For Real
an exploration of today's fetish for reality, in porn and elsewhere

topics class description (download PDF)

In the past 10 years there has been a revolution in the way sexual imagery is produced and distributed. Along with the changes brought to the porno industry by the switch to digital technology, there has been another even bigger change. Thanks to cheap digital photography (and now video) and the power of the Internet, a new form of self expression has come about - amateur pornography freely exchanged online. These images are radically different from traditional pornography, and in fact some of them challenge the concept of pornography itself. I call it Realcore, because one of its aims is to portray reality in a believable manner. Realcore is brave, very intimate, often stunning and creative; it's an endless catalogue of human desires, portrayed in a very honest and straightforward way. It seems that, once empowered to make their own porno, the users- instead of imitating mainstream imagery - developed a totally different style, and created online communities made up of users that become producers. This, along with the familiarity with the digital tools, suggests an idea: that today amateur pornographers are at the forefront of the digital revolution and, much as it's happening in other forms of expressions (like writing and blogs, for example), they are writing the grammar of a new way to self expression - in a very delicate and special area such as sexuality.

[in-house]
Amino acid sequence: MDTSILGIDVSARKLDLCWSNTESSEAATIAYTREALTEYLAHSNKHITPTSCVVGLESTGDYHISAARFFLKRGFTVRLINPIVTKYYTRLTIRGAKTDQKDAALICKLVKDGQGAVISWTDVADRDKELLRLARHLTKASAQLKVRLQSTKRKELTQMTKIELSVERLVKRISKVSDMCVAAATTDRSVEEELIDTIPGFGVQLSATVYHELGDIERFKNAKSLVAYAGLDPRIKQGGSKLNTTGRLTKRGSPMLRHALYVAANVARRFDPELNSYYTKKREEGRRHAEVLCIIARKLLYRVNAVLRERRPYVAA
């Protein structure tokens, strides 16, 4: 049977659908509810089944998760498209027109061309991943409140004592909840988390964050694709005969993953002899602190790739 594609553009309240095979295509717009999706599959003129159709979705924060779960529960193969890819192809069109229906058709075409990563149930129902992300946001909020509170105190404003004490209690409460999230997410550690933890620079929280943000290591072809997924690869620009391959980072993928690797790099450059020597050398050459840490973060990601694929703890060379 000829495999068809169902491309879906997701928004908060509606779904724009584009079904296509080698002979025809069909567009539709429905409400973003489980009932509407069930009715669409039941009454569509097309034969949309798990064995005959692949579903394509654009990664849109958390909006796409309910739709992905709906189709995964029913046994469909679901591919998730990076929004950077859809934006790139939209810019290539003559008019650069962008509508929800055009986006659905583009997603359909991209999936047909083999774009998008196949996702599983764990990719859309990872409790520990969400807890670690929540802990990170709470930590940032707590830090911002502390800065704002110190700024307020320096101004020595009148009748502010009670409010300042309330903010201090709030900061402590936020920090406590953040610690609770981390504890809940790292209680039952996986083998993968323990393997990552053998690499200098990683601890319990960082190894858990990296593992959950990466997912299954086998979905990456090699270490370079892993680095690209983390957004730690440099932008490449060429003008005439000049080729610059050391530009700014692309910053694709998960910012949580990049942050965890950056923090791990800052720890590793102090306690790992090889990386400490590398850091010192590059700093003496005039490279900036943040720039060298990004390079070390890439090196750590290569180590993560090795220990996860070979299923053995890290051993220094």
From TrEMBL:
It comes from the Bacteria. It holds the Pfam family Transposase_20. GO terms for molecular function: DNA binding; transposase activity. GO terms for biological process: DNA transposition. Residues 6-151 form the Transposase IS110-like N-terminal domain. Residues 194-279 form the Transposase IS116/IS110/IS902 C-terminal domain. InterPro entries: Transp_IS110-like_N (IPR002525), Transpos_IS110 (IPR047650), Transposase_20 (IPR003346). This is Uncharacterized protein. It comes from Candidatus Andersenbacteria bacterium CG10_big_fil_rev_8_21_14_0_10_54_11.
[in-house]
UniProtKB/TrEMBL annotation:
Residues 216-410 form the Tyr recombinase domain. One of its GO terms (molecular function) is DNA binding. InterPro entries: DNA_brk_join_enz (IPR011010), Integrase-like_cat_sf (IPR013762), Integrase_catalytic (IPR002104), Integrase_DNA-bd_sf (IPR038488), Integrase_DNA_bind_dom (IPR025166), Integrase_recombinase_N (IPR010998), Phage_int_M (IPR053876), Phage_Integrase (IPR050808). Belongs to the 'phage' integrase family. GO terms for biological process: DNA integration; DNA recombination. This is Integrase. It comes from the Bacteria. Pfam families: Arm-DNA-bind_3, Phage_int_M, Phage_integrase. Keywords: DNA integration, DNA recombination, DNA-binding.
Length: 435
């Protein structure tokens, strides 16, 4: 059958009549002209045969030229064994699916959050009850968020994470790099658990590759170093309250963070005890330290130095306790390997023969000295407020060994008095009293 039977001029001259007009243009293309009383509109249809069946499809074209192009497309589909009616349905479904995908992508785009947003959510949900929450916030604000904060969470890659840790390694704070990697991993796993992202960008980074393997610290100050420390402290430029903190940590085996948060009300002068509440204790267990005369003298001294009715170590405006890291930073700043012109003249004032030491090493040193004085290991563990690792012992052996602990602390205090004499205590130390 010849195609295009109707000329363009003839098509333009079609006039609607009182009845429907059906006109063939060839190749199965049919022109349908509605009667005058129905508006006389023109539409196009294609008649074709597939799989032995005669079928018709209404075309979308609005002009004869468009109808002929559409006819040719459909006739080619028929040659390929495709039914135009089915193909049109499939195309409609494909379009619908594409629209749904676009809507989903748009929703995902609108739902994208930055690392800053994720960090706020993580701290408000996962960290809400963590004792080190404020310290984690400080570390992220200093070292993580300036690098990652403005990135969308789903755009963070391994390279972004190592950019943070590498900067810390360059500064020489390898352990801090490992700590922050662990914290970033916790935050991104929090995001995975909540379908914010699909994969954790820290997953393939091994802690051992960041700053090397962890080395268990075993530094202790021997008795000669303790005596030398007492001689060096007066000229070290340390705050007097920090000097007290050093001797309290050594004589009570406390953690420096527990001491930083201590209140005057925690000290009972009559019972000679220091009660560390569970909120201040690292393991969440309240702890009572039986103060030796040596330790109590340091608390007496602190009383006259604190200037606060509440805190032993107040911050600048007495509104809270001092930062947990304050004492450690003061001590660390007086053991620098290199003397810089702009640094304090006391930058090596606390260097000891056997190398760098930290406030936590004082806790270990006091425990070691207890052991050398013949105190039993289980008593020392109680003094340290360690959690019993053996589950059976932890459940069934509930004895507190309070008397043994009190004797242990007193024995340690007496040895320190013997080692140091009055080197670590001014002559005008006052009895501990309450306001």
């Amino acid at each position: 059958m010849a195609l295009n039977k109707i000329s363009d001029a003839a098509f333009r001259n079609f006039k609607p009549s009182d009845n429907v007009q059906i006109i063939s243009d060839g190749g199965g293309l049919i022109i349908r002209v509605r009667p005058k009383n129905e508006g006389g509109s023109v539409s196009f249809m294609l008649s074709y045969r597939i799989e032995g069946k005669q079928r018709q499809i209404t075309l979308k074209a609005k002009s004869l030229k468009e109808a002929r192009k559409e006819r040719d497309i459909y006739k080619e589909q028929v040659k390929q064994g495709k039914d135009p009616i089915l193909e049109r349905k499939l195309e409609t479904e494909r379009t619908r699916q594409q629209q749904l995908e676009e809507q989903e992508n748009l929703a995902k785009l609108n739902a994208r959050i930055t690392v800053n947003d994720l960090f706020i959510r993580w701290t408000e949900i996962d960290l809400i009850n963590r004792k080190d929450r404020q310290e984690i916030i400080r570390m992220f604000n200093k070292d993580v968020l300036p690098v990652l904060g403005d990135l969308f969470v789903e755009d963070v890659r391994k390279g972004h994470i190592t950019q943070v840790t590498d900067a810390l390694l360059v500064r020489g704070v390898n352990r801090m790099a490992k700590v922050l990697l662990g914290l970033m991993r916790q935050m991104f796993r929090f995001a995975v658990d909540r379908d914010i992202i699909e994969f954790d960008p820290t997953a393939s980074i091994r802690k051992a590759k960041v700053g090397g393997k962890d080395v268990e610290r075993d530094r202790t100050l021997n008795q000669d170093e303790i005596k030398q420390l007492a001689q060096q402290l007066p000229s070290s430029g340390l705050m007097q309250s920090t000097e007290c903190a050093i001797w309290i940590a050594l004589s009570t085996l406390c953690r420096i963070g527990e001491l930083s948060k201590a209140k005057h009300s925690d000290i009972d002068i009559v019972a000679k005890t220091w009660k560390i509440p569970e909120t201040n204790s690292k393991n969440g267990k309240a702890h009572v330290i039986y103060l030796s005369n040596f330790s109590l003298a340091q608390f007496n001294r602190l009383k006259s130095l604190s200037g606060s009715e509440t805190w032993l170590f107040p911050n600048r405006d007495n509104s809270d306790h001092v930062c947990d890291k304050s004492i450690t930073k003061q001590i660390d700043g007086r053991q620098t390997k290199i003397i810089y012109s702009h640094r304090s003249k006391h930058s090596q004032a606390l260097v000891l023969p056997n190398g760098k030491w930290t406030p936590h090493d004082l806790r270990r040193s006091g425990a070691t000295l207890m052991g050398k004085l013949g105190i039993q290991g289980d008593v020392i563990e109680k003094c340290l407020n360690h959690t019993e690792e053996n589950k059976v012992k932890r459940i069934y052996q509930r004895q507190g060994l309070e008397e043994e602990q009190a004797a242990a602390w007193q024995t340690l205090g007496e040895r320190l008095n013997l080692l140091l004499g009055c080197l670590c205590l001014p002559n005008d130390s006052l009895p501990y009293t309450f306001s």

The class will explore many aspects of the rise of today's fascination for reality:

  • Pre 1960es: when pornography, before the rise of the hardcore industry, was basically a vocational affair - and a cottage industry.
  • Lifestyles: in many cases an important element of realcore imagery, they were an essential component in the early days of porno. From the "dancers" of naughty barbershop postcards or later the 50es strippers (who were attractive not only because they showed skin, but mostly because of their supposedly fascinating lifestyle), to "lifestyle cinema" of the 40/50/60es ("what really happens at beatnik parties?").
  • Exotica, the dream lands (Paris, Sweden, The East). Colonial pornography and the first wave of "reality movies" of the 60es (some italian, like the infamous Mondo series). The National Geographic as a source of nudes.
  • Gossip, crime news, true stories, diaries.

We'll also look up digital pornography from its inception (in the pre-internet era of the BBS) to the advent of digital photography (1994/'97) to today's Web 2.0, and will cover a brief history of digital sexual communities. We will also deal with the (very contemporary) relationship between resolution and credibility (in terms of reality) of an image. Part of the purpose of this seminar is to explore the dichotomy between fiction and non fiction, real and fake (or unreal), hot and cold media, and the act of documenting vs creating.

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